A large paper mill in South Georgia was sold to a Mexican corporation. At the time of the sale, much of the paper mill’s equipment was fifty years old and did not contain modern safety features, such as electronic eyes, trip rods, barrier guards or gates, or other similar equipment which keeps employees’ hands and legs out of moving machinery. Shortly after the sale, both arms of a black male, from the elbows down, were crushed in a machine. His arms were saved but today they have almost no function. Despite extensive surgery to save the limbs, to build in cosmetic muscles, to treat the skin like third degree burns with skin grafts, and to release the tendons in the fingers to try to regain some movement, our client has almost no use of his arms and has no ability to sweat or feel sensation in his skin below the elbows.
A number of months later, a white male in his twenties was caught in another piece of equipment at the same plant. Unfortunately, our client’s arms were amputated just below the elbows. Mr. S now has myoelectric prostheses (artificial arms below the elbows which contain some electronic movement).
The law provides that an employed individual gets worker’s compensation benefits, which consist of payment of medical bills and a portion of lost wages but no money for pain and suffering from their employer. In exchange for getting these meager benefits, the employee is not allowed to sue his employer, even if the accident was his employer’s fault! Thus, several law firms turned down representation of these individuals because these individuals could not sue their current employer. The firms were not aware of any legal theory in which the former employer or anyone else could be sued for money beyond that which was paid by the worker’s compensation system.
Wilbur Owens researched the issues and found that there were a pair of theories that could potentially be used for a recovery but these theories had never been used in Georgia. Some other states had addressed these same issues. Some of the states had ruled that the theories were valid but others had rejected the theories. Thus, we decided to try the theories, understanding that if we lost, we would lose at least $50,000 of expenses in each case and receive no attorney’s fees.
The former owner of the plant was sued under the theory that the plant was sold in a defective condition to the new employer. Thus, it was argued that the prior employer and owner of the plant was liable for injuries caused by the defective condition of the plant up through the time that the new employer knew, or should have known, of the defective conditions plus the time it would take to remedy same. Georgia had never addressed the liability of a former owner of a plant for selling a plant which contained unsafe equipment. In other words, shouldn’t the owner of equipment only sell it if it is safe, or at least be required to tell the purchaser of the safety hazards before someone operated the equipment and was injured?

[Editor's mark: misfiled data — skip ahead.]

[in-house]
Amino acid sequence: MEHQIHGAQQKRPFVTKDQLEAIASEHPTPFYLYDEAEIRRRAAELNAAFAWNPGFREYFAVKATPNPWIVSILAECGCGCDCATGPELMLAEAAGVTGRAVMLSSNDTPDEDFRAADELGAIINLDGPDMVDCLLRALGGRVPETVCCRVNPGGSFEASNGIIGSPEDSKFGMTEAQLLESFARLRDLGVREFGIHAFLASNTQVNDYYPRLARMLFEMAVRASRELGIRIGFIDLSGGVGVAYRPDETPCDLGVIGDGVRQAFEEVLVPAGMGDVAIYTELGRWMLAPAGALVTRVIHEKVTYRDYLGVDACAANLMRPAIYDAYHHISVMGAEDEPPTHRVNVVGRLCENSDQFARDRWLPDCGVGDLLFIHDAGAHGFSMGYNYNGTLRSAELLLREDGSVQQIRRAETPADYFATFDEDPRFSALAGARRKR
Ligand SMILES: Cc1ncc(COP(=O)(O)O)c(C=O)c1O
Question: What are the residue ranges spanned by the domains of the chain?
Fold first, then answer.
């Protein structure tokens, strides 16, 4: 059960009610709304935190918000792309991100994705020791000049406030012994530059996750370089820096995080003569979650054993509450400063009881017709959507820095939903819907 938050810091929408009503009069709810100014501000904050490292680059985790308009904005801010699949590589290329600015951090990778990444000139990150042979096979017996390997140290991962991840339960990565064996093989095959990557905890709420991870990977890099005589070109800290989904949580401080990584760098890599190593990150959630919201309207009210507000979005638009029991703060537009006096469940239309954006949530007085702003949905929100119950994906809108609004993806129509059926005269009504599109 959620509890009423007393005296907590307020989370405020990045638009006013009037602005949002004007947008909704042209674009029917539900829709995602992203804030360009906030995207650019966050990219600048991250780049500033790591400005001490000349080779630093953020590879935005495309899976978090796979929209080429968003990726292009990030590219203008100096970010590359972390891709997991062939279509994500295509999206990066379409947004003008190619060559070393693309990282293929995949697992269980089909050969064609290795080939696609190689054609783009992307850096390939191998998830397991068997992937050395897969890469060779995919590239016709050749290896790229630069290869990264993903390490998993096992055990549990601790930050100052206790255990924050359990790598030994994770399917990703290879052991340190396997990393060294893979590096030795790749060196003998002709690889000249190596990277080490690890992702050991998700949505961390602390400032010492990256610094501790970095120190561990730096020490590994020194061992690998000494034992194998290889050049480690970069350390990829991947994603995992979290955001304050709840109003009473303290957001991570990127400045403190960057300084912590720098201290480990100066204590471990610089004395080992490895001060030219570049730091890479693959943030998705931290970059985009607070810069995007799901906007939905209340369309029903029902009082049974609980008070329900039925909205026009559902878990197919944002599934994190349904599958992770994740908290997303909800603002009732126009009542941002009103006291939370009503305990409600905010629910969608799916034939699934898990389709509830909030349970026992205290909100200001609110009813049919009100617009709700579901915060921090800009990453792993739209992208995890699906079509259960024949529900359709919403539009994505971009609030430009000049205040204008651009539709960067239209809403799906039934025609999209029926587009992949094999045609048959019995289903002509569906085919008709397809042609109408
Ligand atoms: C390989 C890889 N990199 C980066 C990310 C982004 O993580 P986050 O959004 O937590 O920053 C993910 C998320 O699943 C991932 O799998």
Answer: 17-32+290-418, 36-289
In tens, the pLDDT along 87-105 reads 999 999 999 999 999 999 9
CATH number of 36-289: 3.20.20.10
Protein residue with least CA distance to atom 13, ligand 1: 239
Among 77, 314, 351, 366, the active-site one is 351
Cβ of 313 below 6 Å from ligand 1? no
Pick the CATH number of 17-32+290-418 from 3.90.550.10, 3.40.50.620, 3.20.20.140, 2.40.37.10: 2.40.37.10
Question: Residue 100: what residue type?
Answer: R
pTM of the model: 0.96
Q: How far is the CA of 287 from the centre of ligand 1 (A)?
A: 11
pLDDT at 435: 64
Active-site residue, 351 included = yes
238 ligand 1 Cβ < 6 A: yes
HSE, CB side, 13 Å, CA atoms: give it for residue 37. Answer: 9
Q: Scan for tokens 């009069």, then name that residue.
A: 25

This required suing the former employer of our clients. Georgia law had never addressed the issue of whether a former employer could be sued or whether that claim would be barred by worker’s compensation. We took the position that, once the employment relationship ended, an individual could sue their former employer. We additionally argued that the theory of liability was based upon the sale of the plant and was not based upon the employer/employee relationship. Defendant in both cases took the position that Georgia does not recognize any liability for the sale of a plant in a defective condition and that an individual could not sue their former employer where the defects in the plant occurred during the time of that employment relationship. Thus, Defendant argued that worker’s compensation bars suits against the former employer.
The Defendant filed summary judgment on these grounds in both cases, as well as on an additional ground in one of the cases. In a 37 page ruling by a federal district judge, the court held that an individual can sue based upon an obligation of a prior owner of a plant to sell his facility in a safe condition, or, if not safe, to warn the new owner and employees of the hazards. That former owner would then be liable for injuries caused by those defective conditions up through the period of time that the new owner knew, or should have known, of the hazardous conditions plus a reasonable period of time to remedy same.
Our firm hired former Occupational Safety and Health Administrative inspectors to testify about inspecting the plant, what the defects were throughout the plant, and how long it should have taken for the new owner to discover and repair the particular defects which injured our clients. We also used medical doctors to prove past and future medical care and a life care planner to calculate specific future medical needs and the cost of same, as well as modifications for cars, homes, vehicles, etc. We hired an economist to project future medical inflation to coincide with the dates that the future medical care would be needed and then reduced these figures to a present value by using a discount figure. Additionally, we hired a human factors expert to testify concerning the lack of understanding that these individuals had of these dangers and why that resulted in their injury. Thus, it is necessary to have safety features because individuals cannot keep their hands out of dangerous machinery where they are near it on thousands of occasions. Eventually, one will stumble or not be quick enough and will get caught in unguarded moving machinery.
Eventually both cases settled for millions of dollars, one of them a few days before the start of trial.
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